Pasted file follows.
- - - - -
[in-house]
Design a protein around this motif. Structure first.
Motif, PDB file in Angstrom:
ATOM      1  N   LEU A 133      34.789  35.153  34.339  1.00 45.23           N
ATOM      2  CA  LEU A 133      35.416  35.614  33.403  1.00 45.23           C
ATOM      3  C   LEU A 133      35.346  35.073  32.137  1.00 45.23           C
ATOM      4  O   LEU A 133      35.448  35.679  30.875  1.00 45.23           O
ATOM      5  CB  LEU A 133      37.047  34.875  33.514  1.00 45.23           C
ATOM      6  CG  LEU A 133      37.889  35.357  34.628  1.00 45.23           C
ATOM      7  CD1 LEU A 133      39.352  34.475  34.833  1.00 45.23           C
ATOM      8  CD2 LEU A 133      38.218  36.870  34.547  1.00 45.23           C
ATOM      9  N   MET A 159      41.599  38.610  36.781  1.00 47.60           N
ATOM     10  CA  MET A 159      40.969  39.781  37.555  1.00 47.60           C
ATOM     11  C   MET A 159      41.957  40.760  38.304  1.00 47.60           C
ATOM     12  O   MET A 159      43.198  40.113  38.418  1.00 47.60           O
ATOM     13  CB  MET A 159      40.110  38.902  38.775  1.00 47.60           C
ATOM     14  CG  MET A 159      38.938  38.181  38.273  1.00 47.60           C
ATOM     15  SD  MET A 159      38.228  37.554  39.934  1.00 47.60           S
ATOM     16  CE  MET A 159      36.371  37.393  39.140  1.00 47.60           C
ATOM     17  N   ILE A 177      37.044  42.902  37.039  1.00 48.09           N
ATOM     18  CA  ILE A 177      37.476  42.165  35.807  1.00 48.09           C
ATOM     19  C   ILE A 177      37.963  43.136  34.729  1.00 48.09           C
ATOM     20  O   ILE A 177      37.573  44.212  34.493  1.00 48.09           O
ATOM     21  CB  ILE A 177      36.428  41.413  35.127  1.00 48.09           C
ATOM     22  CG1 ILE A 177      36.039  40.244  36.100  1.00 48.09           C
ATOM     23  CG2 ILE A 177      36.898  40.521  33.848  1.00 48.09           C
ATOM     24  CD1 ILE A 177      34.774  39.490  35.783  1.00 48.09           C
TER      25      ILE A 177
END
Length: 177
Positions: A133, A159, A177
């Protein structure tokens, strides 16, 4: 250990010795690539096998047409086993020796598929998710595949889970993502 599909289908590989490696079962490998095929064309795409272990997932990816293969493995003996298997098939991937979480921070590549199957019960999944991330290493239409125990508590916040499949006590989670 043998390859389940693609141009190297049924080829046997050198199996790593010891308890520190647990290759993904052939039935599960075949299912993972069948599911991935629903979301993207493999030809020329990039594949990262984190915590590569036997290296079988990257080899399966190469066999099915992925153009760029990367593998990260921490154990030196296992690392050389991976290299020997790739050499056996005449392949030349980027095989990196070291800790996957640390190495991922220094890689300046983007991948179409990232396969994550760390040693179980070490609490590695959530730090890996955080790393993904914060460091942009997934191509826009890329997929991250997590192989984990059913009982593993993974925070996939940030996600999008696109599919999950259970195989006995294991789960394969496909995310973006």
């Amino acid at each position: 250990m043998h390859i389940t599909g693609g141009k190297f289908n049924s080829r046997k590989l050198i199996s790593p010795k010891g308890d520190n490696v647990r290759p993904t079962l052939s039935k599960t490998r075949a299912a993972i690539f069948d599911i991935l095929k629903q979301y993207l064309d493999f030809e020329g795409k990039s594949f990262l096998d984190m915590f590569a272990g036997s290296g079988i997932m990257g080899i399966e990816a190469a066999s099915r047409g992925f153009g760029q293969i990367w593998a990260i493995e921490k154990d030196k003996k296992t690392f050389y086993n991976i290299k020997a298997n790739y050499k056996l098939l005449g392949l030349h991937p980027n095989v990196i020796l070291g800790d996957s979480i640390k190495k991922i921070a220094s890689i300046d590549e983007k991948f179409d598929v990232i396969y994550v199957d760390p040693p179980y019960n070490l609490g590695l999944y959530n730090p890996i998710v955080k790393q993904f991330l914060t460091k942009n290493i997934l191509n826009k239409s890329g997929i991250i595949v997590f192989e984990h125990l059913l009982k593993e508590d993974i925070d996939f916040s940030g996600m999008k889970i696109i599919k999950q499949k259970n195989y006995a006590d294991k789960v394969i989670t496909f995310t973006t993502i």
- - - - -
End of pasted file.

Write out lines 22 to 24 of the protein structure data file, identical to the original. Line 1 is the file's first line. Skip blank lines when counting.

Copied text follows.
ATOM     19  C   ILE A 177      37.963  43.136  34.729  1.00 48.09           C
ATOM     20  O   ILE A 177      37.573  44.212  34.493  1.00 48.09           O
ATOM     21  CB  ILE A 177      36.428  41.413  35.127  1.00 48.09           C